IMPACT OF SHARIAH GOVERNANCE ON CBN GUIDELINES ON NON INTEREST BANKING SYSTEM: A CASE STUDY OF JAIZ BANK
1.1 BACKGROUND TO THE STUDY
The most recent and significant development in the banking industry is the emergence of Islamic Banking System and Interest-Free Banks (IFBs) in Nigeria through the CBN guideline on non interest banking. This is in response to the failure of the conventional interest based banking system to cater for the developmental needs of the country which also apply to other developing economies (Ahmed, 2000).
According to Adebayo (2010), many Muslims are not satisfied with the operation of the conventional interest-based banking system which is against the spirit of their religion and would have prefer a banking system within the Sharia governance framework. They are however incapacitated by the fear of exposing their money to risk of theft should they decide to keep their money at home, or the fact that their wages will be paid to them through the banks, or rather, some other unavoidable transactions with these conventional banks which do not operate in line with the dictate of Allah. Those who opted for current accounts with these banks still stand the risk of moving in the periphery of usurious transaction, as this product has percolated element of interest to customers as well.
The Central Bank of Nigeria recently joined other countries like Turkey, Jordan and Malaysia to come up with specific guidelines and regulations for the establishment of Islamic banks, with the difference that she (Nigeria) opted for non-interest banking just like Turkey which refers to it as “Special Finance House” and it’s within the framework of Sharia governance. This gives a sign of relief to the Muslims who were not satisfied with the transaction of the conventional banks, following the replacement of the Banking Law in Nigeria (Banking Act of 1962) with the 1991 Banks and other Financial Institutions Decree (BOFID), which came with the necessary framework for the establishment of Profit and Loss Bank in Nigeria. On March 4, 2009, another Draft Framework for the Regulation and Supervision of Non-Interest Banks (NIBs) in Nigeria was publicised. The objective of the Sharia governance framework is to provide minimum standards for the operation of non-interest banking in Nigeria. Among the issues discussed inguideline include:-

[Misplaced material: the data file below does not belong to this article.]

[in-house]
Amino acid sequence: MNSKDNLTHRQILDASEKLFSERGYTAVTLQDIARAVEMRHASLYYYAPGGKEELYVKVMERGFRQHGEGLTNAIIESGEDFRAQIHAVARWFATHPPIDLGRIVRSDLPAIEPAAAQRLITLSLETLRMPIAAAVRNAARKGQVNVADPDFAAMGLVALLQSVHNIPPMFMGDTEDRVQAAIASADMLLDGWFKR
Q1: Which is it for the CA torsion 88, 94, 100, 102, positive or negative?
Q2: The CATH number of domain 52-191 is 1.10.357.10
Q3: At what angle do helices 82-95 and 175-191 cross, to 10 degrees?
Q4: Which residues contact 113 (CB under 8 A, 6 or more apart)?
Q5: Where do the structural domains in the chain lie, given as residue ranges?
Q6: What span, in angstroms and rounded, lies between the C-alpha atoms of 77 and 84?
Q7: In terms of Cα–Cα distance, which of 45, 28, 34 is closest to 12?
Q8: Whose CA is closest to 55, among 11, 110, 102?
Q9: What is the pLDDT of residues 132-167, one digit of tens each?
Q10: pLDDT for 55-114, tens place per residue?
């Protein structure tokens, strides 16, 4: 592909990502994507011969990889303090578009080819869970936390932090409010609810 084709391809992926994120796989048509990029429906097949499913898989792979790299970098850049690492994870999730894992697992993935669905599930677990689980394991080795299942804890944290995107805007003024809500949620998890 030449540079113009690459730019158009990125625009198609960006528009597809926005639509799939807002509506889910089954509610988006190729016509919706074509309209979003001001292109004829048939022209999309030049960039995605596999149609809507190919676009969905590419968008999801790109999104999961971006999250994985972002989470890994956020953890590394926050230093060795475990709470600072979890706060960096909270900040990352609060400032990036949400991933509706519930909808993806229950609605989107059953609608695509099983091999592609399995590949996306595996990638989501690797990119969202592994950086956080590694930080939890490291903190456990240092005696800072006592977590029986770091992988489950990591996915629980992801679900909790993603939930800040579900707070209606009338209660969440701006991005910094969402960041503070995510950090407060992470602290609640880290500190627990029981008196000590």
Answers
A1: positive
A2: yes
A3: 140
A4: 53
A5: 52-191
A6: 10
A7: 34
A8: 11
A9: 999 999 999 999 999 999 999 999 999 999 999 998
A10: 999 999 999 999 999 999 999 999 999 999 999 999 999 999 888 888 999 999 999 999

– Meaning of non-interest bank
– Licensing requirements
– Models of non-interest banking
– Non-interest financial instruments
– Corporate Governance
– CBN Shariah Council
– Conduct of Business Standards
– Profit Sharing Investment Accounts, (PSIA)
The independence of the supervisory board in the mission of supervision and the consistency of Shariah ruling can contribute to an efficient Shariah governance framework. The confidence on part of the stakeholders in the product of the Islamic financial institutions generally and the Islamic bank in particular will be enhanced with the existence of an efficient Shariah governance framework. (Hamza, 2013).
The concept of Islamic Banking and Interest-Free Banking are synonymously used in Islamic Economics literature as an alternative banking framework to the interest-based conventional banking practice. Although in technical terms, there is a difference between an interest-free bank and an Islamic bank but they are sometimes used interchangeably. Ahsan (1988) defined an Islamic bank as “a financial and social institution whose objectives and operations as well as principles and practices must conform to the principles of Shariah and which avoid the use of interest in any of its operations. It stands for an alternative financial system based on Islamic ideals. It is not only a financier but also a partner in productive economic development”.
While stating the difference between Islamic Banking and Interest-Free Banking, Gusau (2000) argues that “Islamic banking system is supposed to operate completely within the Shariah in all its activities both in sourcing of funds and disbursement of the funds. It not only avoids interest in all its ramifications but also it avoids all other Islamically prohibited activities. Interest-free banking system on the other hand, does not engage in interest but there is no reason to suppose that all its other activities will be done strictly according to Shariah”.
From the above, three things have become clear, namely: Islamic Bank must;
1) Charge no interest
2) Conform to Shariah principles in all its operation
3) Promote Islamic ideals